The Institute og Urbanism & Landscape and the YOUrban project have invited Smudgestudio, with Elizabeth Ellsworth & Jamie Kruse to AHO to present their work. The intention is to explore alternative ways to map the city, to bring attention to its material surfaces, to the role of play, time, narrative and imagination in contemporary spaces, and to discuss innovative ways of learning.
About the lecture:
The lecture explores the geologic as a material condition of the city and of urban design practices. Smudgestudio will use images and stories from their experiences of creating Geologic City, a field guide to the GeoArchitecture of New York City to trouble the notion of "zero" (as in, zero carbon emissions, zero waste, zero footprint). The city is understood as a complex, multilayered interchange of vectors of geologic materials, forces and flows in which there is no "zero" point. There is only a continuous (and often radical) remixing of earth materialities that will endure into deep time. As a result, we can only (and ever) design in relation to this highly consequential remix of materialities – and not in relation to zero.
From the perspective of civic pedagogy, Ellsworth and Kruse have worked on a series of projects including Geologic City based on recognition of the need to heighten awareness of the interplay between contemporary life and geologic time and on a belief that humans are able to imagine deep time. Designs, materials, processes, practices and infrastructures are explored as contemporary additions to geologic layers and activities.
Among their many projects Friends of the Pleistocene is dedicated to exploring the conjuncture between landscape and contemporary human activity at sites shaped by the geologic epoch of the Pleistocene (2.588 million to 10000 years BP, Before Present)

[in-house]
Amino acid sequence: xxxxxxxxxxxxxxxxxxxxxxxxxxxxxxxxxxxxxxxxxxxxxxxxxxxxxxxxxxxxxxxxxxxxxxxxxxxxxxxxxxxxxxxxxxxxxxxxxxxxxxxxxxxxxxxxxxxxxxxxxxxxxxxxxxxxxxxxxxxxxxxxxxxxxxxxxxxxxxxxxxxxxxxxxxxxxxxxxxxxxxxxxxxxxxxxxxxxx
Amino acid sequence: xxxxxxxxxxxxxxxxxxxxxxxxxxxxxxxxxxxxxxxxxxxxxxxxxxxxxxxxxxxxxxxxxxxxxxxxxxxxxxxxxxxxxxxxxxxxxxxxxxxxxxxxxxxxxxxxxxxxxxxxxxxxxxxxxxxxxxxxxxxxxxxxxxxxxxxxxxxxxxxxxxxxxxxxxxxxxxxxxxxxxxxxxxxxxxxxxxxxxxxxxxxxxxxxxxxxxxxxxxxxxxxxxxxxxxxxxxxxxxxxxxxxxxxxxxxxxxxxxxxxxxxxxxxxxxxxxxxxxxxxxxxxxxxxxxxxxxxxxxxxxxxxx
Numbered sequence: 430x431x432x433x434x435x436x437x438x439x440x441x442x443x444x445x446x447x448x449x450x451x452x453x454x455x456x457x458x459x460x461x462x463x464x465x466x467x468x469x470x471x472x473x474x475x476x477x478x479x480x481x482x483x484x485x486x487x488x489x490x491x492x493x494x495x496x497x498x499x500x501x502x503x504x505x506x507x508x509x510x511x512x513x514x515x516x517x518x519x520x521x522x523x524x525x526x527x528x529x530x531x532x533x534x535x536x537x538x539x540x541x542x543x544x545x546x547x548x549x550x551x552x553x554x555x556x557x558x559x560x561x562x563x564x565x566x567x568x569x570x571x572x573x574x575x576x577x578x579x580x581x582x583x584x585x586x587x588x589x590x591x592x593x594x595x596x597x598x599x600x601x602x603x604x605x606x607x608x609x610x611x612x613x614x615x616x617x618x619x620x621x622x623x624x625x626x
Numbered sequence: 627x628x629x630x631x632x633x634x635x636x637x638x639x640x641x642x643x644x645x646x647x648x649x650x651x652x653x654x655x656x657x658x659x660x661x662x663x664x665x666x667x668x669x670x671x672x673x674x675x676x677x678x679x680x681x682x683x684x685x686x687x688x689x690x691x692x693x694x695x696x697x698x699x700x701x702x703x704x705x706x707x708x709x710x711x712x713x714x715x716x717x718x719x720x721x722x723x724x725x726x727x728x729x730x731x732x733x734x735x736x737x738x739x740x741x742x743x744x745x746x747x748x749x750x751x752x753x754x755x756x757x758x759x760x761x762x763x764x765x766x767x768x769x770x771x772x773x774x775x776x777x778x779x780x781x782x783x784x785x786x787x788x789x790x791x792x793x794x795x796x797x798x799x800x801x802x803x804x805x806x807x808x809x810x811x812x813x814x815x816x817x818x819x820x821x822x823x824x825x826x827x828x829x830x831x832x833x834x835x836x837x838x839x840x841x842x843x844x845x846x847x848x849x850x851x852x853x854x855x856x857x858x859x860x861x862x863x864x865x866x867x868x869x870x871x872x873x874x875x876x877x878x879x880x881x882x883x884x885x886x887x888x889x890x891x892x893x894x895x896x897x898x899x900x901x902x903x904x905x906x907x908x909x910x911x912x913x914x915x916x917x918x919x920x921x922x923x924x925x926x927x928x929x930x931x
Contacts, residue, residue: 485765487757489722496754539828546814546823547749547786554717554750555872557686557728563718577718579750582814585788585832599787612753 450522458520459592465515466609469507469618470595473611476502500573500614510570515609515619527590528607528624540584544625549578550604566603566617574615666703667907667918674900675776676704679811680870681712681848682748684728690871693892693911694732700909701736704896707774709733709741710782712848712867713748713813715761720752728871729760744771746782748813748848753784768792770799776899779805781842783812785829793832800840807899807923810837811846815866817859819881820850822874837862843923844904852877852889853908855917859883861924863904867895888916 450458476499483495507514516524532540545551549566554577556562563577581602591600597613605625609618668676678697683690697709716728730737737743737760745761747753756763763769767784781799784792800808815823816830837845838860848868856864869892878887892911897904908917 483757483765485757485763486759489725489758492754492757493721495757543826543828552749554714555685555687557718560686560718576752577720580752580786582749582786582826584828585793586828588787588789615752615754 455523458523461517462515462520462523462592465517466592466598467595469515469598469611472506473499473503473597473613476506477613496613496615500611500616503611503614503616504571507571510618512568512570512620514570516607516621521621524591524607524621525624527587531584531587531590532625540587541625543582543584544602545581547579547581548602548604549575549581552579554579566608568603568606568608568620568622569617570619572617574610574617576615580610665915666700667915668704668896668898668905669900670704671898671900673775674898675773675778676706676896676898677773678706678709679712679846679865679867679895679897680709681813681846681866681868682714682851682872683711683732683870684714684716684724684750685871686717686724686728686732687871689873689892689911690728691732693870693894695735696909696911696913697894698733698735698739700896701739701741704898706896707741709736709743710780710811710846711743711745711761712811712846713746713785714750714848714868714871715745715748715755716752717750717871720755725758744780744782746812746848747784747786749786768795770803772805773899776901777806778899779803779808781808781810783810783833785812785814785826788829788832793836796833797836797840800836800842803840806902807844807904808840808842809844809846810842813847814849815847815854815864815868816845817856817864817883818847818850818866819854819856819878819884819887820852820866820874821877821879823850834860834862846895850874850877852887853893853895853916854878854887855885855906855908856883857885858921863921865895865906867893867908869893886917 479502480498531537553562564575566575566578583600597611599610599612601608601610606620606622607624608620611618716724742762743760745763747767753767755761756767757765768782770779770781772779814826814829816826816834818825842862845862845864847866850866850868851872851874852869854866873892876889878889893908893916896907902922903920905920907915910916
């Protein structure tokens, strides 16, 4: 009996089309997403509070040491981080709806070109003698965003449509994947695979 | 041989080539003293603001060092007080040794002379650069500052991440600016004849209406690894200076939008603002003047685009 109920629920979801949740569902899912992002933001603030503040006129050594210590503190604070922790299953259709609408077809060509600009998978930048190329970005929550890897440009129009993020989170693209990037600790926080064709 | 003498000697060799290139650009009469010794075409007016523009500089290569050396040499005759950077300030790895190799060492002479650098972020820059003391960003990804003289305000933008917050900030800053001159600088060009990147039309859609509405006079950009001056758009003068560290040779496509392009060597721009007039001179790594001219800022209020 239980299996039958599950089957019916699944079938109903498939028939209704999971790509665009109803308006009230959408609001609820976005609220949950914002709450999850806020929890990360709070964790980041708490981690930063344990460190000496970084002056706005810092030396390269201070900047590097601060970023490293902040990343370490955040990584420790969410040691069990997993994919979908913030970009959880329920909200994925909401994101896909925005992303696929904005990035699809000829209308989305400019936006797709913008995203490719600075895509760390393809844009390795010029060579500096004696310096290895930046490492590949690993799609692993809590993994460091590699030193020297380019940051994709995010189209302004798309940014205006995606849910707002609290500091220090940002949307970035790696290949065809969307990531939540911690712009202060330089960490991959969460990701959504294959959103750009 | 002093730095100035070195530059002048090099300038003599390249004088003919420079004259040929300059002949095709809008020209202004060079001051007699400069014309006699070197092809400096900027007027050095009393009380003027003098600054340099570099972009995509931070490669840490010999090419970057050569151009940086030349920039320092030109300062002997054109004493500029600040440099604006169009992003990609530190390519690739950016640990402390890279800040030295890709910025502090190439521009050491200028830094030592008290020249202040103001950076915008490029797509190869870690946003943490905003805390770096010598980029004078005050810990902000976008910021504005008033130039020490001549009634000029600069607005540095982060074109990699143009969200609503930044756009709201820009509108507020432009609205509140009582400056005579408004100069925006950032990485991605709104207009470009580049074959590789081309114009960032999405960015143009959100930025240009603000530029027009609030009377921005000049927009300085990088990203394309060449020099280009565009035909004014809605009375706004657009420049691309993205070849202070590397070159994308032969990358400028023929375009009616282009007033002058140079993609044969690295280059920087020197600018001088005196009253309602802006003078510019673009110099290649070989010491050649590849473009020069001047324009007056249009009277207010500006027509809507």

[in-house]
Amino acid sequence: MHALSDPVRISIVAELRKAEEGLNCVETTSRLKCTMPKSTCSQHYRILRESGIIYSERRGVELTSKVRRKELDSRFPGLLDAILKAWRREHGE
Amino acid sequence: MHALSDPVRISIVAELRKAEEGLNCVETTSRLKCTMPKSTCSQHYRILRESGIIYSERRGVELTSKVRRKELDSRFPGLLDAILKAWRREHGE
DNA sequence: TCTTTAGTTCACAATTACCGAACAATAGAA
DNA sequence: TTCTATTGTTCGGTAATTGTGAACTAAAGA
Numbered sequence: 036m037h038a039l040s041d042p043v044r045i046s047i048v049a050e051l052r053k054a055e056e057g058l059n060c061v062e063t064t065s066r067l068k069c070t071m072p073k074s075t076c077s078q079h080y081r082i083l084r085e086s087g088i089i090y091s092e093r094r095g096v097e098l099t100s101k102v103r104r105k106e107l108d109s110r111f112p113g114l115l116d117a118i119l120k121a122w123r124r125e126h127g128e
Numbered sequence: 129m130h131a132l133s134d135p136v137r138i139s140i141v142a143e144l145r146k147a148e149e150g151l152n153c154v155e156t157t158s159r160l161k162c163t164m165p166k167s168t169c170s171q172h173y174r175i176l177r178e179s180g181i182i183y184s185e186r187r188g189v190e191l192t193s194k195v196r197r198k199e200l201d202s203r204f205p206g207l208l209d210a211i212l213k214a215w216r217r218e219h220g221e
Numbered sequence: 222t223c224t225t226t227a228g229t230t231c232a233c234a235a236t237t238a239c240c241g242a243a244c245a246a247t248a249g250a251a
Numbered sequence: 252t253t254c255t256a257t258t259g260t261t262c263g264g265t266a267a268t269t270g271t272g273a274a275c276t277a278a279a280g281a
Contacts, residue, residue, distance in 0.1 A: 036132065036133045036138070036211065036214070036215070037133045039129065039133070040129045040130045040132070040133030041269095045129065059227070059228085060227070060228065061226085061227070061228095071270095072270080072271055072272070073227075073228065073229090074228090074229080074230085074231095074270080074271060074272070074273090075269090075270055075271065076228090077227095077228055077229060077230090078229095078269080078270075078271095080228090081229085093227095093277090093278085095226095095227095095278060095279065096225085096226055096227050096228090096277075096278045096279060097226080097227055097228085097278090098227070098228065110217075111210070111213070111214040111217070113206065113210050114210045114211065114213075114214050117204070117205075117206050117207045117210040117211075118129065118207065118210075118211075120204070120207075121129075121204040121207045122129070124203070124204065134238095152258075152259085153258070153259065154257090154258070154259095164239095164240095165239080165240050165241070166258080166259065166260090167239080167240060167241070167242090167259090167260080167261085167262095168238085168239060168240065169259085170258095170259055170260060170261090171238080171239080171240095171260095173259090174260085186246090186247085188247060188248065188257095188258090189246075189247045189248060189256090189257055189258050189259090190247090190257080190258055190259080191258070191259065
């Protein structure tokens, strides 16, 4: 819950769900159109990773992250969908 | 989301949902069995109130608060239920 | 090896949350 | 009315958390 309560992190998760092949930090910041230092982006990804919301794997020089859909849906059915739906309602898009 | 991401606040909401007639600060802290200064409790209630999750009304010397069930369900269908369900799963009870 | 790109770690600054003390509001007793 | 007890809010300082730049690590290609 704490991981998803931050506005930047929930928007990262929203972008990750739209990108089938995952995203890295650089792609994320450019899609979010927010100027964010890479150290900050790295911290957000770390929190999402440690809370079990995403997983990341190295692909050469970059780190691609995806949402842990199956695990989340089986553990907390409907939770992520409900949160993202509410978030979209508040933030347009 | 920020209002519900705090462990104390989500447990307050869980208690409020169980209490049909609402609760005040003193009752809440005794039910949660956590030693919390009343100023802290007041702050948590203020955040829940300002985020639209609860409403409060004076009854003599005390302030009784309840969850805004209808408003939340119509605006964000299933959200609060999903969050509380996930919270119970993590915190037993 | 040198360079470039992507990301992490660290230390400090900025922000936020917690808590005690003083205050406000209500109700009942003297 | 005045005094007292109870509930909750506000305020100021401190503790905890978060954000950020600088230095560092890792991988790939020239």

See also www.smudgestudio.org
Jamie Kruse is an artist, designer and independent scholar. In 2006 she co-founded smudge, with Elizabeth Ellsworth, based in Red Hook, Brooklyn. She has presented her work at Parsons School of Design, the Center for Land Use Interpretation Los Angeles, Thyssen-Bornemisza Museum, Madrid and the California College of Arts. She is a co-author of the Friends of the Pleistocene blog, fopnews.wordpress.com, with Elizabeth Ellsworth. Current projects include Geologic City: a field guide to the GeoArchitecture of New York and co-editing a collection of essays entitled, Making the Geologic Turn (forthcoming).
Elizabeth Ellsworth is Associate Provost for Curriculum and Learning and Professor of Media Studies at the New School, New York. Her work focuses on cross-divisional and university-wide programs, with particular emphasis on new pathways and opportunities to both broaden and strengthen the academic experience through innovative ways of learning. Her scholarship addresses how media design creates possibilities for people to construct, share, and assess diverse ways of knowing. She is author of Places of Learning: Media, Architecture, Pedagogy (Routledge, 2004) and Teaching Positions: Difference, Pedagogy and the Power of Address (Teachers College Press, 1997).